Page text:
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LINGUIST List 23.2976

Mon Jul 09 2012

Disc: Fossilization

Editor for this issue: Kristen Dunkinson <kristenlinguistlist.org>

Date: 06-Jul-2012
From: Lisa Grenier <llgrenierpima.edu>
Subject: Fossilization
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I have been teaching ESL for the past 20 years or so. I've been
thinking about fossilization lately. I know fossilization isn't an exact
term, so I'd like to define how I am using it. I specifically mean the
syntactic (rather than phonological or lexical) errors that some students
make that are very resistant to change over a period of years. And I am
only concerned with the students whose interlanguage is so far from
the target language that they are either 1) difficult to understand or 2)
suffer stigma due to their lack of language skills.

The limited research on this (at least what I have been able to find)
seems spongy, that is inexact and without much rigor, to me.
Fossilization isn't even well defined, so it's not always clear that we are
talking about the same thing when we refer to fossilized language. It's
frustrating because this topic is very important to me as an ESL
teacher. It can and should affect my teaching practice.

Many teacher/researchers have concluded that fossilization is due to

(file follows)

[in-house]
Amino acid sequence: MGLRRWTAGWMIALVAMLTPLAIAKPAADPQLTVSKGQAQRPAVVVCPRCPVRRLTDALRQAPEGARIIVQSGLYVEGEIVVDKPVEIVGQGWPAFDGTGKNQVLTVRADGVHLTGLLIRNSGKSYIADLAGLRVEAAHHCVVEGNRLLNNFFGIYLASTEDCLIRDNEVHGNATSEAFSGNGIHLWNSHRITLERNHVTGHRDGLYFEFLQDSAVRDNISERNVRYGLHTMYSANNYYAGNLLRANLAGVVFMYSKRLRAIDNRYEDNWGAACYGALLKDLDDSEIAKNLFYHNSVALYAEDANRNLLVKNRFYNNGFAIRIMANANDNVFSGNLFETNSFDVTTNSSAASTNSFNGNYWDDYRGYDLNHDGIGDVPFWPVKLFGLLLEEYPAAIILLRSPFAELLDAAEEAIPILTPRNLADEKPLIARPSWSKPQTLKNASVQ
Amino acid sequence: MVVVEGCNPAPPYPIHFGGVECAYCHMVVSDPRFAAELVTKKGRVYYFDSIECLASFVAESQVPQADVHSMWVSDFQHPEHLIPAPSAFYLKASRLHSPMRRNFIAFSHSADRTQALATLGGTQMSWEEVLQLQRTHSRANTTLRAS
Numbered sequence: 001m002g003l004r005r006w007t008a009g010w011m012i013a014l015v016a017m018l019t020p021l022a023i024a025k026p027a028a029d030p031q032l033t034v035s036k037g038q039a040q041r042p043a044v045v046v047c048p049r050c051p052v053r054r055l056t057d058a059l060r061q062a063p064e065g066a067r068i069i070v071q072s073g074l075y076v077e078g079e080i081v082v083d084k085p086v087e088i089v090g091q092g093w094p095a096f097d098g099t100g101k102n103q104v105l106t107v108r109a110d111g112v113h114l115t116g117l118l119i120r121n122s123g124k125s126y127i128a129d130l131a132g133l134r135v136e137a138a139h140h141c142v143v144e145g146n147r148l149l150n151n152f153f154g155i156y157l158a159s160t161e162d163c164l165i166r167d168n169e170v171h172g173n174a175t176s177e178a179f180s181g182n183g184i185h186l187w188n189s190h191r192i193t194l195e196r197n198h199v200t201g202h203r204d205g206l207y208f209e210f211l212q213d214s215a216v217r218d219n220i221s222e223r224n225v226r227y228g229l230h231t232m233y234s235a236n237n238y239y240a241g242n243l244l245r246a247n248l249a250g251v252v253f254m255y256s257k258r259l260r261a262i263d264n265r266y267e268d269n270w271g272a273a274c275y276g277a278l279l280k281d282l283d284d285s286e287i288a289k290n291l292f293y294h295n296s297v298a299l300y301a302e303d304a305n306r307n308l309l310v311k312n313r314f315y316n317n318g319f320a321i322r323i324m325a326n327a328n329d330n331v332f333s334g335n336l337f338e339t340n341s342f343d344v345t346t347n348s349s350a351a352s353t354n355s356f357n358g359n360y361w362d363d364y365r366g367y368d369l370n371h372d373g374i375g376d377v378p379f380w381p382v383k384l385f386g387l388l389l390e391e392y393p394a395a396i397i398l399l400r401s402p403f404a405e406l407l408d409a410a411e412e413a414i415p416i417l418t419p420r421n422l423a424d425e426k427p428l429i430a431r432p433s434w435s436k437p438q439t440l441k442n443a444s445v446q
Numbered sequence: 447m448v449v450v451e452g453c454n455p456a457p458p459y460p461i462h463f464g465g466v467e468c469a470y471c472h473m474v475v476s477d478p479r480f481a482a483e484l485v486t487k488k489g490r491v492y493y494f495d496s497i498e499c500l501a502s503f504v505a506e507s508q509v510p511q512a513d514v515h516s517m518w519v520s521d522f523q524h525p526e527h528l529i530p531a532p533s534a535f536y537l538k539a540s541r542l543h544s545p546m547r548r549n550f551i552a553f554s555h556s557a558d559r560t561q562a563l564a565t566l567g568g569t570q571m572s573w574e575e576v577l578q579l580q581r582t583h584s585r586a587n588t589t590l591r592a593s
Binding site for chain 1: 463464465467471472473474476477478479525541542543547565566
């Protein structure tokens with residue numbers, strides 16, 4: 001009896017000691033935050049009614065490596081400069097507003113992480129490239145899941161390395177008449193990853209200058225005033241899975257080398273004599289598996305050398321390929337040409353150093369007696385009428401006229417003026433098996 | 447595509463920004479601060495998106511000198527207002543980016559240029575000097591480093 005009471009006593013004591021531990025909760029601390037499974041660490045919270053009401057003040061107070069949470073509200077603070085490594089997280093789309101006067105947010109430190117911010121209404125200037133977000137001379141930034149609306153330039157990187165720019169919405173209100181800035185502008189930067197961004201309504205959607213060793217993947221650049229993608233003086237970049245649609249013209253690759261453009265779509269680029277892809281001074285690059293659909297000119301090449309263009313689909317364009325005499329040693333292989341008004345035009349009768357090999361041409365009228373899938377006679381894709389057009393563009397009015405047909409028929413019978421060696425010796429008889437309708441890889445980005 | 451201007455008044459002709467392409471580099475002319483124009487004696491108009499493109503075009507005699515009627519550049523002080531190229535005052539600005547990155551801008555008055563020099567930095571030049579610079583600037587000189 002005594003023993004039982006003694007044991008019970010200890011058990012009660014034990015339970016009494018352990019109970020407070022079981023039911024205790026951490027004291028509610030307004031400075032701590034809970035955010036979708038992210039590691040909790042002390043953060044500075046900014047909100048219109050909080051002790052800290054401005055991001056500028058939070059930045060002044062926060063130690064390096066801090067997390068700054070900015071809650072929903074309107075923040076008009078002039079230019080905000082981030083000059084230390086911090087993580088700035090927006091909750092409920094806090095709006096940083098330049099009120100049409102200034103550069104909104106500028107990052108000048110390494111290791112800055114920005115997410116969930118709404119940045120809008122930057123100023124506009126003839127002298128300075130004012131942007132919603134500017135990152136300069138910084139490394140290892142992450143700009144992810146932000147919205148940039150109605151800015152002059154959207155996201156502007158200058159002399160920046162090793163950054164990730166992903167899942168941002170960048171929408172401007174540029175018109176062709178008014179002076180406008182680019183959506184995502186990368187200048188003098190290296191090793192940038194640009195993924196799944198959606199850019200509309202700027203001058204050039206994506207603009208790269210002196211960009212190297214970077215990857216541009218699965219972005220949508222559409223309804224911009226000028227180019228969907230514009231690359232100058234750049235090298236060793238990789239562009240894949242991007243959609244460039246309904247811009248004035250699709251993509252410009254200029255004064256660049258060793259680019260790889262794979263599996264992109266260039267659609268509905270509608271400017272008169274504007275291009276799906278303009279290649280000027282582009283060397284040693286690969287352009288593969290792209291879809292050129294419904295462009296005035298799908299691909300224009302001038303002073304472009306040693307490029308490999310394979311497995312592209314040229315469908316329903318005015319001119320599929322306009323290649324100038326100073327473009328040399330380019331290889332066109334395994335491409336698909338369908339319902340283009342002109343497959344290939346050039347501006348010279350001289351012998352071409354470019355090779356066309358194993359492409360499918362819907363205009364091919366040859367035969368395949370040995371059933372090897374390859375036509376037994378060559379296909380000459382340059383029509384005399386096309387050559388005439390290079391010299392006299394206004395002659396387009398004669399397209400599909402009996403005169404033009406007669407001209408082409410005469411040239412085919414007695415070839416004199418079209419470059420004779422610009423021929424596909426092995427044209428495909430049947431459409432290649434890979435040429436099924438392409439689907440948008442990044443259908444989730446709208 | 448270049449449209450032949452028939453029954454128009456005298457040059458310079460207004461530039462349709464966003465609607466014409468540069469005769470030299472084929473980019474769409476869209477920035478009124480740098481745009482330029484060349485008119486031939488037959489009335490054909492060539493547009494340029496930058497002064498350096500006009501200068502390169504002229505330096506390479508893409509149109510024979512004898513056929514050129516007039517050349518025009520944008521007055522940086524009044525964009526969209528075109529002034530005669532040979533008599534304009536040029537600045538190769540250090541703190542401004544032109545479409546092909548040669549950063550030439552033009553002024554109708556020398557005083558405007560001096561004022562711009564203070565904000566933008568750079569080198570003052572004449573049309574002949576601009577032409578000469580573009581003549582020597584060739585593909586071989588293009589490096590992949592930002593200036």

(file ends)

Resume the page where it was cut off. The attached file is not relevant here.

affective factors. Something doesn't seem right to me about this. While I
think that may be some of the answer, I am disinclined to think it is the
whole answer. By and large, most students with highly fossilized
interlanguage began learning the L2 after 30 which makes me think
that age of acquisition is important here. In addition, many of these
students seem to have somewhat weak skills in their L1. (Both of these
observations are antecdotal. I often don't speak the students' L1 well
enough to judge the second claim myself. I am basing this on native
speaker reports.)

There are a number of theories about fossilization, and I find that a
teacher's theory of its origin will influence their practice. I'm suspicious
that grammar acquisition may have a (loose) critical period, and so that
in spite of the best intentions of teachers and learners, it may be
practically impossible to change certain fossilized forms in certain
students. Other teachers believe that it is more an issue of bad habits;
students have learned an incorrect form and have practiced it so much
that it now sounds right to them.

The question is and remains, how does one best help the older second
language learner? Does one continue to beat them over the head with
do support or should one concentrate on vocabulary and stock
grammatically correct phrases that can be learned as chunks? Does a
teacher try to limit incorrect utterances (abhorrent to me, I must admit)
or allow students to speak freely paying most attention to

Linguistic Field(s): Applied Linguistics
                            Language Acquisition

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